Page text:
Murphy, Daniel Patrick (2010-05). Intermediate- to Deep-Water Circulation Changes on Short and Long Time Scales. Doctoral Dissertation. Thesis uri icon

abstract

  • Oceanic circulation remains one of the poorly understood elements of the global climate system, despite its importance to planetary heat redistribution and carbon cycling. The nature of deep-water formation and circulation in ancient oceans are even more poorly constrained. In order to understand climate dynamics of past and future climates we must have a better understanding of the role of deep-ocean circulation. In this dissertation I investigated changes in intermediate- to deep-water circulation in three different ocean basins during two different geologic eras. The first study focused on the late Pleistocene (~25 ? 60 ka) California margin to investigate the role of intermediate water circulation in abrupt climate fluctuations. The other two studies investigated deep-water circulation during the Late Cretaceous (~70 ? 100 Ma) greenhouse interval, to determine if deep waters formed in the southern Indian or Atlantic basins. The above studies employed neodymium isotopes preserved in biogenic apatite (fish teeth and bones) and foraminiferal calcite to reconstruct the provenance of intermediate- to deep-water masses. Here I present data from two sites located at intermediate depths on the late Pleistocene California margin as well as seven Deep Sea Drilling Project and Ocean Drilling Program Cretaceous aged sites; four in the South Atlantic Ocean, and three in the Indian Ocean. The new Pleistocene data rule out changes in the source of intermediate waters to the California margin, thus the recorded changes in seafloor oxygenation were caused by changes in sea surface productivity. In the Cretaceous, the spread of deep waters formed in the high-latitude South Atlantic was hindered by tectonic barriers until the mid Campanian when the subduction of Rio Grande Rise allowed for the continuous flow of deep waters from the Southern Ocean into the North Atlantic. The deep Cretaceous Indian Ocean was filled with deep waters formed in the high-latitude Indian Ocean, until being replaced with waters sourced in the Pacific from the late Cenomanian to early Campanian before a return to southern Indian-sourced waters for the remainder of the study interval.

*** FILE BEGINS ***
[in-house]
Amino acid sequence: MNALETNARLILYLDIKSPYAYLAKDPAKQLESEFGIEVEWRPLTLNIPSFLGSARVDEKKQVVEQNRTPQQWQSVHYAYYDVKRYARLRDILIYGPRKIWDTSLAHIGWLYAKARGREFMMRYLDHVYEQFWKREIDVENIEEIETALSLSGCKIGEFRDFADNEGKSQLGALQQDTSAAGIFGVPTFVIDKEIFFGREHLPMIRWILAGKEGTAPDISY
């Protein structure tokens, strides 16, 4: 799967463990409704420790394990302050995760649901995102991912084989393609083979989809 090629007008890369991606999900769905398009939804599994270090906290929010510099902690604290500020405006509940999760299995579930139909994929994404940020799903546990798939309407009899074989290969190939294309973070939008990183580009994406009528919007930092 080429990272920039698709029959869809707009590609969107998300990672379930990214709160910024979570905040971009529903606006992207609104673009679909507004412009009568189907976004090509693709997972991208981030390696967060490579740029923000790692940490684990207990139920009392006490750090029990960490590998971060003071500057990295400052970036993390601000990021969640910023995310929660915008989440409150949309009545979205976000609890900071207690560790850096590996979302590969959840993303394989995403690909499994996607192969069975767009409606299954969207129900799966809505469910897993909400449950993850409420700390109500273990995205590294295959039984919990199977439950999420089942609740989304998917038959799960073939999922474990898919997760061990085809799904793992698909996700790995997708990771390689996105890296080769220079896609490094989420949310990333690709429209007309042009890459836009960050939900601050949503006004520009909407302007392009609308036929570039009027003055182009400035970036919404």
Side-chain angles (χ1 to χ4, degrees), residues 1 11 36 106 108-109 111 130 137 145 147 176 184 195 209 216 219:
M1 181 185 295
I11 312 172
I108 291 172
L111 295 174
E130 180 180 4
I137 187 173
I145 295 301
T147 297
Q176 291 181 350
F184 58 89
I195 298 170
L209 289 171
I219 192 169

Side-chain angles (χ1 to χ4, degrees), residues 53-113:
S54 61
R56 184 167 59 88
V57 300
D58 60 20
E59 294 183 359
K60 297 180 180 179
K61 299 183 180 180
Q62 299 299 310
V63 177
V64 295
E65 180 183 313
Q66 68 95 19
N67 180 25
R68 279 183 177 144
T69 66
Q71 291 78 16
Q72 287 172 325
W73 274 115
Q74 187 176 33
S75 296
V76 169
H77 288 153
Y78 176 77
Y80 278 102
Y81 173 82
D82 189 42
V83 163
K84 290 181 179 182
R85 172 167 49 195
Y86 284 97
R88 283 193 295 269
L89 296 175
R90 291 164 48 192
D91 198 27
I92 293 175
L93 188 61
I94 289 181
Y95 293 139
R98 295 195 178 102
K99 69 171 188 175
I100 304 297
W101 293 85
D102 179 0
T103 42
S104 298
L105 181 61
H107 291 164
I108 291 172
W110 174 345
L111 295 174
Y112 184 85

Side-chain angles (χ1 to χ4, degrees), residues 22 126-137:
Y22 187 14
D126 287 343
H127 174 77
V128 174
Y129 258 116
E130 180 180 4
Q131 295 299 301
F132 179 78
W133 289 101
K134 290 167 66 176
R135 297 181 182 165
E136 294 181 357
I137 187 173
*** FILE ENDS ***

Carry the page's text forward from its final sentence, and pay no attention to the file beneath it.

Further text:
• Oceanic circulation remains one of the poorly understood elements of the global

    climate system, despite its importance to planetary heat redistribution and carbon

    cycling. The nature of deep-water formation and circulation in ancient oceans are even

    more poorly constrained. In order to understand climate dynamics of past and future

    climates we must have a better understanding of the role of deep-ocean circulation.

    In this dissertation I investigated changes in intermediate- to deep-water

    circulation in three different ocean basins during two different geologic eras. The first

    study focused on the late Pleistocene (~25 ? 60 ka) California margin to investigate the

    role of intermediate water circulation in abrupt climate fluctuations. The other two

    studies investigated deep-water circulation during the Late Cretaceous (~70 ? 100 Ma)

    greenhouse interval, to determine if deep waters formed in the southern Indian or

    Atlantic basins.

    The above studies employed neodymium isotopes preserved in biogenic apatite

    (fish teeth and bones) and foraminiferal calcite to reconstruct the provenance of intermediate- to deep-water masses. Here I present data from two sites located at

    intermediate depths on the late Pleistocene California margin as well as seven Deep Sea

    Drilling Project and Ocean Drilling Program Cretaceous aged sites; four in the South

    Atlantic Ocean, and three in the Indian Ocean.

    The new Pleistocene data rule out changes in the source of intermediate waters to

    the California margin, thus the recorded changes in seafloor oxygenation were caused by

    changes in sea surface productivity. In the Cretaceous, the spread of deep waters formed

    in the high-latitude South Atlantic was hindered by tectonic barriers until the mid

    Campanian when the subduction of Rio Grande Rise allowed for the continuous flow of

    deep waters from the Southern Ocean into the North Atlantic. The deep Cretaceous

    Indian Ocean was filled with deep waters formed in the high-latitude Indian Ocean, until

    being replaced with waters sourced in the Pacific from the late Cenomanian to early

    Campanian before a return to southern Indian-sourced waters for the remainder of the

    study interval.

publication date

  • May 2010